3. Marigolds in Your Lover’s Footsteps

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Marigolds (Leon Brooks/Wikimedia Commons)

In the 16th century, marigolds were included in love potions or placed in a desired lover’s footsteps, according to the Georgetown University Medical Center. The plant was known as the “sun-bride” in the Middle Ages. 


4. Spanish Flies and Blood

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Spanish fly (Franco Christophe/Wikimedia Commons)

In 17th century France, love potions were often a combination of menstrual blood, Spanish flies, and natural herbs, such as verbena, according to a Chicago-Kent Law Review article. Many sources state that the Spanish fly was a common love-potion ingredient. 


5. Wild Columbine

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Wild columbine in Talcott Mountain State Park. (Wikimedia Commons)

St. Olaf College in Minnesota describes some beliefs about the wild columbine in a profile of the plant:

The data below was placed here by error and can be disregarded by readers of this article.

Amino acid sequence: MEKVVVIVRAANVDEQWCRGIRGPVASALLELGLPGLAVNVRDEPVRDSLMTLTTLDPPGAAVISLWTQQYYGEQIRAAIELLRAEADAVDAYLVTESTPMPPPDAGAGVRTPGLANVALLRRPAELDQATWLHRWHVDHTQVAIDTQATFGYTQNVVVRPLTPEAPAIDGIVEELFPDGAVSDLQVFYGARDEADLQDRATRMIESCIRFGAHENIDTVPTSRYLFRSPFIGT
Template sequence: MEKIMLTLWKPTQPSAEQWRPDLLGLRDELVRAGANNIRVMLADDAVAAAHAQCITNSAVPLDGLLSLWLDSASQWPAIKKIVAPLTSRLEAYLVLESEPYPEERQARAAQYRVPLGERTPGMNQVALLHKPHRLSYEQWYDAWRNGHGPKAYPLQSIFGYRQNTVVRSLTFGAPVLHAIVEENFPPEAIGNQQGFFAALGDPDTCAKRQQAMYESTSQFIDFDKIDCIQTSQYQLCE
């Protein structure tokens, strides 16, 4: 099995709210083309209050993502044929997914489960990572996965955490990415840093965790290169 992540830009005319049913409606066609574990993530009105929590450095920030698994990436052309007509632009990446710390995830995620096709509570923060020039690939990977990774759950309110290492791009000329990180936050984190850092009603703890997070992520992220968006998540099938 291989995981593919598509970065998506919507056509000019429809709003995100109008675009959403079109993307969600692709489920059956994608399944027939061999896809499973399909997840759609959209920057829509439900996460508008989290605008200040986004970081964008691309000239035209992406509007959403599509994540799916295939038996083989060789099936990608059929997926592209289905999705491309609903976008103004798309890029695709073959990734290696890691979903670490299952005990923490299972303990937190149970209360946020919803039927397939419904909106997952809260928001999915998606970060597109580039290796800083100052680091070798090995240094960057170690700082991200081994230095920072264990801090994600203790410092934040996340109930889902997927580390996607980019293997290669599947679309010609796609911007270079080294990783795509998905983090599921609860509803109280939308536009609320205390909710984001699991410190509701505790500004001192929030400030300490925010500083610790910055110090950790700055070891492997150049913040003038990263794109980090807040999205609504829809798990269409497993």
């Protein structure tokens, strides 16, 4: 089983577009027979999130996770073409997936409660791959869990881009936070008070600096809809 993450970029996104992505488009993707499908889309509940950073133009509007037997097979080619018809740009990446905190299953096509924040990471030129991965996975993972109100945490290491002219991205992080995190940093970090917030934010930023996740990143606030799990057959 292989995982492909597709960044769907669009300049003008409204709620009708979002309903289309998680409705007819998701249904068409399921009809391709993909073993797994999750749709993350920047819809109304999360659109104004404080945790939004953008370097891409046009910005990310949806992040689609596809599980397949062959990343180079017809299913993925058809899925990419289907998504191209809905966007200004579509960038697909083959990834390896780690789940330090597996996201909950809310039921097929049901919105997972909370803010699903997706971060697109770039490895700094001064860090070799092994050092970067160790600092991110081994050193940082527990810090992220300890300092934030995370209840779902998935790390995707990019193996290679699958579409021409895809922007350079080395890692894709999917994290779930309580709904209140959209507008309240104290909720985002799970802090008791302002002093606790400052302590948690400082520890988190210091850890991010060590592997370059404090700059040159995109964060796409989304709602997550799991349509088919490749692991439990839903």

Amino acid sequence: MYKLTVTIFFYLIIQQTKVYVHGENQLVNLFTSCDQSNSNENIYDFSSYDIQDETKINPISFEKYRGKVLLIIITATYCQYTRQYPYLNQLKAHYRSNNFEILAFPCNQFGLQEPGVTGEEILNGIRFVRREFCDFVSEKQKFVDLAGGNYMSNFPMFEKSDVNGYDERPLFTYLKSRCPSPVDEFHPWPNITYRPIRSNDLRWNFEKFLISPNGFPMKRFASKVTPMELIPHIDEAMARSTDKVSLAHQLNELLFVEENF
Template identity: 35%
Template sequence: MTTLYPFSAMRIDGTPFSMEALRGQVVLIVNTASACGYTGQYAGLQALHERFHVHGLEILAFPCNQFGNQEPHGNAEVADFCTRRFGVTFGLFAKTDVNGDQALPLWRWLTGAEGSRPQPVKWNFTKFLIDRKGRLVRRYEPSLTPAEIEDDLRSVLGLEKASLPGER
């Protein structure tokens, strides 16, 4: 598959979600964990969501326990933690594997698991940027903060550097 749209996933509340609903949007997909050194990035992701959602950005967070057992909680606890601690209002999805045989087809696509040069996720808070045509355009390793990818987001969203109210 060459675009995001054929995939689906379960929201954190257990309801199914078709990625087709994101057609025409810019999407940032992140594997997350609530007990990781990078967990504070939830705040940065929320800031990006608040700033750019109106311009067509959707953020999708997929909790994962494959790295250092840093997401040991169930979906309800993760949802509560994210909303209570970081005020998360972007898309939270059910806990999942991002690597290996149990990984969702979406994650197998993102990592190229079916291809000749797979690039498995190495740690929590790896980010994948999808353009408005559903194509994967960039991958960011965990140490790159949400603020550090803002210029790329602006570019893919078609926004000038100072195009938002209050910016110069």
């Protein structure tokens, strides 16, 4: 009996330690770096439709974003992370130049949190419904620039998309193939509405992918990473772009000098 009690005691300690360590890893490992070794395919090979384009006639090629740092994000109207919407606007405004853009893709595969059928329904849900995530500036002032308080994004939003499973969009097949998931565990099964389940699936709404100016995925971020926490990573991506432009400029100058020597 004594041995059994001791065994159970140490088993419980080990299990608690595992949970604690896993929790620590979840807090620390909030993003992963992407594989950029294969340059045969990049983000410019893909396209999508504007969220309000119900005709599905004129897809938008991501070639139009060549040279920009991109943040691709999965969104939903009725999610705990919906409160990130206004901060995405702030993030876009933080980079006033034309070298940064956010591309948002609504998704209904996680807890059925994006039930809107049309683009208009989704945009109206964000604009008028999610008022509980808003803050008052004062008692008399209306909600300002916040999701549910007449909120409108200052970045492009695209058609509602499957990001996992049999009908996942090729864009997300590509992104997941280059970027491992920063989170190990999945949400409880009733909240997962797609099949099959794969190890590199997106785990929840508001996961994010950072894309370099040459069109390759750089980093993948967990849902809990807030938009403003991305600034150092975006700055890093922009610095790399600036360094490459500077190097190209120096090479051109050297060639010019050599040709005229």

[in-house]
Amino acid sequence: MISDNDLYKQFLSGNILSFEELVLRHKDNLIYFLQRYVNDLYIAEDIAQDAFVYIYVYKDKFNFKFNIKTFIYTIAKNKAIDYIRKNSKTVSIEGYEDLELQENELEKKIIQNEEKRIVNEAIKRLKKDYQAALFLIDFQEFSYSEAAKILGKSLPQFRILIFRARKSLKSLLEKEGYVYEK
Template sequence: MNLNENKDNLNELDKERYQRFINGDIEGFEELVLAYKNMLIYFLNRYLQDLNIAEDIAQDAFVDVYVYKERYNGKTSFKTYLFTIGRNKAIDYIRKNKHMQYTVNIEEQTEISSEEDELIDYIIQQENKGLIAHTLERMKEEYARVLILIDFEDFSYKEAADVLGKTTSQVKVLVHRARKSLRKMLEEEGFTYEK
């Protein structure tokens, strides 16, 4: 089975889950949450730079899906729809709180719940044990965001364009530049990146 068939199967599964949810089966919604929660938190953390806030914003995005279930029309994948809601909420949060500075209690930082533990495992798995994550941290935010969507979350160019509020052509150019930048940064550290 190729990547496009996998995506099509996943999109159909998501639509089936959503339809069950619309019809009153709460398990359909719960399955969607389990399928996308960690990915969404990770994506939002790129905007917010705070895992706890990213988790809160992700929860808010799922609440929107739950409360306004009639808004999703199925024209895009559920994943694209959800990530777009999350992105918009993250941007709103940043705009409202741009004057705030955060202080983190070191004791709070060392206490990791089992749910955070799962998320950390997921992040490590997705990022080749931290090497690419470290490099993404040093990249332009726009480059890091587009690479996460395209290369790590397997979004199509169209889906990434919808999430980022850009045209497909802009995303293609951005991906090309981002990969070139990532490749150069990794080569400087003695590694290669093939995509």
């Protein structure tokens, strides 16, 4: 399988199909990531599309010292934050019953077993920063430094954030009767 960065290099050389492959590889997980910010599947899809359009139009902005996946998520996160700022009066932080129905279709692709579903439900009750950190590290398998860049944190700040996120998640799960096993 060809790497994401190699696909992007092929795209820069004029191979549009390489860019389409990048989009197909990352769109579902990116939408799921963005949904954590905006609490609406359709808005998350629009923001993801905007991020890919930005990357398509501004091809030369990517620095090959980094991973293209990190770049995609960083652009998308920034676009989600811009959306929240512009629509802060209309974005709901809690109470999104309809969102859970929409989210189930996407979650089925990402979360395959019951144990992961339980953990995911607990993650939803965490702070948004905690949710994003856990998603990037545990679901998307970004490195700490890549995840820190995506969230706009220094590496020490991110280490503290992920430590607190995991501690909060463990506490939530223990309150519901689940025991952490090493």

Love Potion: Meskwaki Indians believed that pulverized columbine seeds combined with other ‘potion’ ingredients could be used as a love charm. Men rubbed the mixture on their hands, using it as a ‘love perfume’ to attract women. Columbine seeds were prized as a commodity of intertribal commerce.

Superstition: Columbine is emblematic of deserted, fallen, or unrequited love. Giving a woman a bouquet of columbine was considered a sign that her husband or lover was unfaithful.”


6. Datura: Deadly Hallucinogen

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Datura (Wikimedia Commons)

The datura plant, also known as Jimson weed or thorn apple, is a potentially deadly hallucinogen. It stimulates, then depresses, the central nervous system.